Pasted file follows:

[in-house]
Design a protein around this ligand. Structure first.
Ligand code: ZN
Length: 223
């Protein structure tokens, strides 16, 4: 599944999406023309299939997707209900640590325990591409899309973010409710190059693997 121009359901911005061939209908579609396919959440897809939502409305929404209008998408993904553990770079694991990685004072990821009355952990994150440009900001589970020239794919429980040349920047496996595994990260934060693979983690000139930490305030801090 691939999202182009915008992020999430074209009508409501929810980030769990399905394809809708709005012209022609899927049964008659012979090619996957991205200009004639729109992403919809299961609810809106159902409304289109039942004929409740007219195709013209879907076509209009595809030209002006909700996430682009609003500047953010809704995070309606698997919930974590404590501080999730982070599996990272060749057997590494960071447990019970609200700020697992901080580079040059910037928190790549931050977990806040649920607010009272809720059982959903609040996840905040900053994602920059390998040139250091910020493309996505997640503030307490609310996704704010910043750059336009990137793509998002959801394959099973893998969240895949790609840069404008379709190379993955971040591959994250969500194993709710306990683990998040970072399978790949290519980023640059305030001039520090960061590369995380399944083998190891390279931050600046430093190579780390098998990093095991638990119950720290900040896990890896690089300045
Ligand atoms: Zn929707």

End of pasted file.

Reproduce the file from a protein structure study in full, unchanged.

[in-house]
Design a protein around this ligand. Structure first.
Ligand code: ZN
Length: 223
């Protein structure tokens, strides 16, 4: 599944999406023309299939997707209900640590325990591409899309973010409710190059693997 121009359901911005061939209908579609396919959440897809939502409305929404209008998408993904553990770079694991990685004072990821009355952990994150440009900001589970020239794919429980040349920047496996595994990260934060693979983690000139930490305030801090 691939999202182009915008992020999430074209009508409501929810980030769990399905394809809708709005012209022609899927049964008659012979090619996957991205200009004639729109992403919809299961609810809106159902409304289109039942004929409740007219195709013209879907076509209009595809030209002006909700996430682009609003500047953010809704995070309606698997919930974590404590501080999730982070599996990272060749057997590494960071447990019970609200700020697992901080580079040059910037928190790549931050977990806040649920607010009272809720059982959903609040996840905040900053994602920059390998040139250091910020493309996505997640503030307490609310996704704010910043750059336009990137793509998002959801394959099973893998969240895949790609840069404008379709190379993955971040591959994250969500194993709710306990683990998040970072399978790949290519980023640059305030001039520090960061590369995380399944083998190891390279931050600046430093190579780390098998990093095991638990119950720290900040896990890896690089300045
Ligand atoms: Zn929707």